I worked for many big brands before so I learned a lot. But Michèle Lamy and Virginie Viard have both been very supportive since the beginning. Michèle came to all my shows and we still exchange a lot.

You won the ANDAM prize 6 months ago, has it changed your views on your brand and on fashion as an industry to win and receive mentoring from Renzo Russo?
It was pleasant indeed to have the prize 30 years after Martin Margiela and it was also nice for the team and all the people helping the brand for the past 5 years. What happened is that we got along very well with Renzo, so well that we decided to work together full time [KOCHÉ is now licensed by OTB, that owns majority stakes in Diesel, Marni, Viktor & Rolf, and Maison Margiela, where Renzo is president.]

Do you think mixing couture and sport/street makes your look more accessible to people?
I hope so but I don’t think about it that way. I like the beauty of contrasts – how mixing couture heritage and sportswear influence can create beautiful small clashes of beauty.

Your casting choices are always diverse and interesting, do you work closely with a casting director or are you just very open minded to people and places around you?
Casting is always done in-house, with many people bringing their friends. A lot of the models are also discovered by our public casting call on social media. I pay huge attention to create a temporary community of people from all aspects of life whether it be athletes, writers, students, or musicians that all create KOCHÉ.

What would you absolutely refuse to design or put in your collections?
I only design what I like. That’s the ultimate criterion. To be proud of what I propose.

“I like the beauty of contrasts – how mixing couture heritage and sportswear influence can create beautiful small clashes of beauty.”

Is there a city or place that always inspires you?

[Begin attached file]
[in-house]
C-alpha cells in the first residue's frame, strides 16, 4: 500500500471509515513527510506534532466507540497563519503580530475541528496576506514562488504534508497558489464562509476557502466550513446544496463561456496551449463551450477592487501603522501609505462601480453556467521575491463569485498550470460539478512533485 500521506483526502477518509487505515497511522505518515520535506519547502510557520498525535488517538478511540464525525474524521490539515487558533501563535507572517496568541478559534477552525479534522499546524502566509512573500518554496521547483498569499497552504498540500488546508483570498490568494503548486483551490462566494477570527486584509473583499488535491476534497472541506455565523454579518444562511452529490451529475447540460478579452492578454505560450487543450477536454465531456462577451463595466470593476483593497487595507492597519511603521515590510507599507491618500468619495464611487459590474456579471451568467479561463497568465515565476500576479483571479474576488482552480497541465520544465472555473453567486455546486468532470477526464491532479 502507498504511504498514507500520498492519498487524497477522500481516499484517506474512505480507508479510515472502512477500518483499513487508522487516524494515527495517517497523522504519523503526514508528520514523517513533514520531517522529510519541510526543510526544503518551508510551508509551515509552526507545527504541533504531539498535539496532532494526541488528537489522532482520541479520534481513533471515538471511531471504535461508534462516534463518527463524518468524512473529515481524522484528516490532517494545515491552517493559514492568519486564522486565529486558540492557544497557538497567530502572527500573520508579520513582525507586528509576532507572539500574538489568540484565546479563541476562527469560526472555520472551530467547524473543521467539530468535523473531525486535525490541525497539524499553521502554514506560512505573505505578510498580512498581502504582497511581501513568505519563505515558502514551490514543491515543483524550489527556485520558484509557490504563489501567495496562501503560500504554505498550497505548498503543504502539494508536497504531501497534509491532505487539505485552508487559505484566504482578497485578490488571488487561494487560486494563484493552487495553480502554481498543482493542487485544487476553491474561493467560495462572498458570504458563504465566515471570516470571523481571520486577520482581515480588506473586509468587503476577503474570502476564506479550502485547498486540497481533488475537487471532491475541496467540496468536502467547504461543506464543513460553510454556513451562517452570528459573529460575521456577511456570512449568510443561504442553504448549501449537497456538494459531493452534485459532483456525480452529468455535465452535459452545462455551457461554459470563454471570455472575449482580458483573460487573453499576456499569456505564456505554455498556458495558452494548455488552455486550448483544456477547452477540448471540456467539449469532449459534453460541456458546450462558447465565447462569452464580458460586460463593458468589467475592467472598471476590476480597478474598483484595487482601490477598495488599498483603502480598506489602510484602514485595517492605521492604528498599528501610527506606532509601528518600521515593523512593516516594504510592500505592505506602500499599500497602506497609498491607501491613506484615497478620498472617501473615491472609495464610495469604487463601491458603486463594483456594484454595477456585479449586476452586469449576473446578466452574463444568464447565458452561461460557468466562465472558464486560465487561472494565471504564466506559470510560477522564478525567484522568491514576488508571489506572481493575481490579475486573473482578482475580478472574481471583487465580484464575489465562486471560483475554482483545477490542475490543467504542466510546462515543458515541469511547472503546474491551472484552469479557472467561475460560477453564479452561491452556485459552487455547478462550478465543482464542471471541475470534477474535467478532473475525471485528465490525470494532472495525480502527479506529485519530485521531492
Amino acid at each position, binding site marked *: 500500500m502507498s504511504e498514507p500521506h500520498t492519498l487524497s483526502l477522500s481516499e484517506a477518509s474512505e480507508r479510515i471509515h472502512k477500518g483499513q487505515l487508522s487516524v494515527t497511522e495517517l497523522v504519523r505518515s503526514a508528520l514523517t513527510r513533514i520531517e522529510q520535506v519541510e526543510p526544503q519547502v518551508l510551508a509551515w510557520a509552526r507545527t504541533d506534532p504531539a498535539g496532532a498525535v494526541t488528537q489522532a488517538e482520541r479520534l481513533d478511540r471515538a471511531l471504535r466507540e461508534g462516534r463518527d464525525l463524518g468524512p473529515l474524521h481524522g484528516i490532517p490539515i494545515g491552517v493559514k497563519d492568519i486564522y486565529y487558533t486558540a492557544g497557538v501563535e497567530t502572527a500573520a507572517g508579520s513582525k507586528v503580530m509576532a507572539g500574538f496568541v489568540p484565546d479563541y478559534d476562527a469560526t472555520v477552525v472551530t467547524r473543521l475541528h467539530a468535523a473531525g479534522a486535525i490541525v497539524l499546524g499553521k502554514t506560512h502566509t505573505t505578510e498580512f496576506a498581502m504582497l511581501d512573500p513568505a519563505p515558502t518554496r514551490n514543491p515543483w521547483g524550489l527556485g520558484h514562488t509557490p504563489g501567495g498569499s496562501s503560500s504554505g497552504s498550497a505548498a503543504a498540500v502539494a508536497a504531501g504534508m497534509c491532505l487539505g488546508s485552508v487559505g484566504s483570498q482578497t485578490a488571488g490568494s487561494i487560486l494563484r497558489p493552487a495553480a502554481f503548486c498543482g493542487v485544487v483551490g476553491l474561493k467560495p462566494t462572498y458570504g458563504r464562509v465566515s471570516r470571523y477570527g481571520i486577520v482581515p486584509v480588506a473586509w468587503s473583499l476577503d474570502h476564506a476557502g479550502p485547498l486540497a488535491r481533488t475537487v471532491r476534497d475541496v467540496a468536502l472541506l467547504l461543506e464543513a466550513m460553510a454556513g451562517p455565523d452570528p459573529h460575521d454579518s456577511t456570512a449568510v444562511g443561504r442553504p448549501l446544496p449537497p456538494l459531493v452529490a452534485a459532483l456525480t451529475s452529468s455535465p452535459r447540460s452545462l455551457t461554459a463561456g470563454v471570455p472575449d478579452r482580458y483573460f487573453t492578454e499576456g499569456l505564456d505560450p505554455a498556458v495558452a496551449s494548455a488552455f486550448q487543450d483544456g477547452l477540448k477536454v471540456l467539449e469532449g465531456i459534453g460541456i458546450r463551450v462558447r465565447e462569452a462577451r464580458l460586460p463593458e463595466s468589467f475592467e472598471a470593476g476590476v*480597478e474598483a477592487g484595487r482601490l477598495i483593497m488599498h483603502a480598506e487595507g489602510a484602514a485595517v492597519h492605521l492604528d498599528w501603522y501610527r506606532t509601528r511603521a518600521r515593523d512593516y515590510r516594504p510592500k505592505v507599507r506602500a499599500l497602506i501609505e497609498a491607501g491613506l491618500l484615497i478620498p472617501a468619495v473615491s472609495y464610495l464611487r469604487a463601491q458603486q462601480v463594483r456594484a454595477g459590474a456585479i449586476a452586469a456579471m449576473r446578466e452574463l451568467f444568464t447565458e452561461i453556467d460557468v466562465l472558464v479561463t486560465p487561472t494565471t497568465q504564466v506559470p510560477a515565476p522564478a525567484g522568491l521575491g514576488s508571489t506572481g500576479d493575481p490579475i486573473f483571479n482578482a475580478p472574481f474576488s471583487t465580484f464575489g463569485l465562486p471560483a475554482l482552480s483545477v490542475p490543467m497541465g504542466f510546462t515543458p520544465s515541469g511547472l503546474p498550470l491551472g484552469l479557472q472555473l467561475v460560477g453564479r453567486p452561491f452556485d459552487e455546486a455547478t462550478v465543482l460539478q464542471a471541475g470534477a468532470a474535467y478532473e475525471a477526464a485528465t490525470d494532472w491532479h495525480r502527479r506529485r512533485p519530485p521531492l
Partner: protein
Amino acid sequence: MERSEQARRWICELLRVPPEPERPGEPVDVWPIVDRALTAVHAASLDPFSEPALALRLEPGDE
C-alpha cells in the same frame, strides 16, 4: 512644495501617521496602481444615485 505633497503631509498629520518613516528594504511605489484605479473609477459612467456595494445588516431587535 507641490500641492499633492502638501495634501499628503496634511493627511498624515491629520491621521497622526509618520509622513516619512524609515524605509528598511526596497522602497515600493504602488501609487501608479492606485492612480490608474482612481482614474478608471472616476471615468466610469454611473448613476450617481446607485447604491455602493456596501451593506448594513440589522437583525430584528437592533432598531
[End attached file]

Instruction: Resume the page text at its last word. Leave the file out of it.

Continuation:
KOCHÉ has since the beginning been imagined as a mix of Paris, New York and Tokyo. Those places are very inspiring. When I studied at Central Saint Martins in London there was also something very strong in that city – there was a super vivid artistic scene at that time.

The Emilio Pucci x KOCHÉ collection was announced a few weeks back, and now you’ve guest designed a collection for Pucci that was shown during Milan Fashion Week. Did you get to dig into the archives of Pucci?
The Pucci collaboration is very exciting! I deep-dived into the archives which are really, really fabulous. It’s a treasure and I had a great time working on it. This project is a real collaboration, so you will find some KOCHÉ elements and some Pucci elements. It is a real mix. I am very proud of it.

How do you find the pace of fashion now? Is it ever overwhelming to balance everything or do you have a system to manage extensive workflow?
The pace of fashion is really intense nowadays. More collections, more shows, more everything… But I do like it, I don’t complain. I always worked on different projects at the same time. This is the new pace of the world and this speed is also very stimulating for me. But it is really important to step back from time to time. It allows me to catch the big picture of my work and also of the industry. It is necessary to have these moments of calm to ensure consistency and stay relevant.

What do you think fashion’s role will be in the changing environmental crisis? What are our responsibilities?
It’s a tricky role for sure and it’s more than the recycling issue. I’m very careful with big announcements of conscious choices that only aim to sell more. At one point we will have to deal with how much we produce and what our real needs are.

In what way are you shaping the future? In what way did the past shape you?
“The past is always tense, the future perfect.” Zadie Smith